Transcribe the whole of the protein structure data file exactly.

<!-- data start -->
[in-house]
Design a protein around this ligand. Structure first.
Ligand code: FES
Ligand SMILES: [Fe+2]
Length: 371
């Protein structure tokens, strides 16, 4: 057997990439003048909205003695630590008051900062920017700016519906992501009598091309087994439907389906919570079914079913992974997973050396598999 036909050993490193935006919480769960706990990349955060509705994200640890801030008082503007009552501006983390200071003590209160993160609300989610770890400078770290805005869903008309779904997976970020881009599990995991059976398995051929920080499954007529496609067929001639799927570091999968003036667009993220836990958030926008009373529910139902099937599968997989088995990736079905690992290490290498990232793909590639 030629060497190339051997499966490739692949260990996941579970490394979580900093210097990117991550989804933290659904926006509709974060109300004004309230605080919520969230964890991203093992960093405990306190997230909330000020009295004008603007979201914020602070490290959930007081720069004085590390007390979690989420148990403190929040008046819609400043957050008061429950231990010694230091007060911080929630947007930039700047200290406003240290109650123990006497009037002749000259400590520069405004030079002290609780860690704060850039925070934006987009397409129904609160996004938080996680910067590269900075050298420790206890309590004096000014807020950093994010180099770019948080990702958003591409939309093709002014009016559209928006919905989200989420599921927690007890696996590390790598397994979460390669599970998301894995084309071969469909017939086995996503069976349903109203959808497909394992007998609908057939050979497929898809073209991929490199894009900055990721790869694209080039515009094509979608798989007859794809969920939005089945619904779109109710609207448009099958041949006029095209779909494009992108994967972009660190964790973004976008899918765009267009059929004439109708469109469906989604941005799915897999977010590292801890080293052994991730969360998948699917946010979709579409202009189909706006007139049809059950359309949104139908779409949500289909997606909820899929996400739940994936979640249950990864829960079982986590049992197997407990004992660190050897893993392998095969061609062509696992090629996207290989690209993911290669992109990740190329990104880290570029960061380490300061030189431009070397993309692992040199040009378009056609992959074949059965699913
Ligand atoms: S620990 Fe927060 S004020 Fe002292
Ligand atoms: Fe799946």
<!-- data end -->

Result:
[in-house]
Design a protein around this ligand. Structure first.
Ligand code: FES
Ligand SMILES: [Fe+2]
Length: 371
């Protein structure tokens, strides 16, 4: 057997990439003048909205003695630590008051900062920017700016519906992501009598091309087994439907389906919570079914079913992974997973050396598999 036909050993490193935006919480769960706990990349955060509705994200640890801030008082503007009552501006983390200071003590209160993160609300989610770890400078770290805005869903008309779904997976970020881009599990995991059976398995051929920080499954007529496609067929001639799927570091999968003036667009993220836990958030926008009373529910139902099937599968997989088995990736079905690992290490290498990232793909590639 030629060497190339051997499966490739692949260990996941579970490394979580900093210097990117991550989804933290659904926006509709974060109300004004309230605080919520969230964890991203093992960093405990306190997230909330000020009295004008603007979201914020602070490290959930007081720069004085590390007390979690989420148990403190929040008046819609400043957050008061429950231990010694230091007060911080929630947007930039700047200290406003240290109650123990006497009037002749000259400590520069405004030079002290609780860690704060850039925070934006987009397409129904609160996004938080996680910067590269900075050298420790206890309590004096000014807020950093994010180099770019948080990702958003591409939309093709002014009016559209928006919905989200989420599921927690007890696996590390790598397994979460390669599970998301894995084309071969469909017939086995996503069976349903109203959808497909394992007998609908057939050979497929898809073209991929490199894009900055990721790869694209080039515009094509979608798989007859794809969920939005089945619904779109109710609207448009099958041949006029095209779909494009992108994967972009660190964790973004976008899918765009267009059929004439109708469109469906989604941005799915897999977010590292801890080293052994991730969360998948699917946010979709579409202009189909706006007139049809059950359309949104139908779409949500289909997606909820899929996400739940994936979640249950990864829960079982986590049992197997407990004992660190050897893993392998095969061609062509696992090629996207290989690209993911290669992109990740190329990104880290570029960061380490300061030189431009070397993309692992040199040009378009056609992959074949059965699913
Ligand atoms: S620990 Fe927060 S004020 Fe002292
Ligand atoms: Fe799946």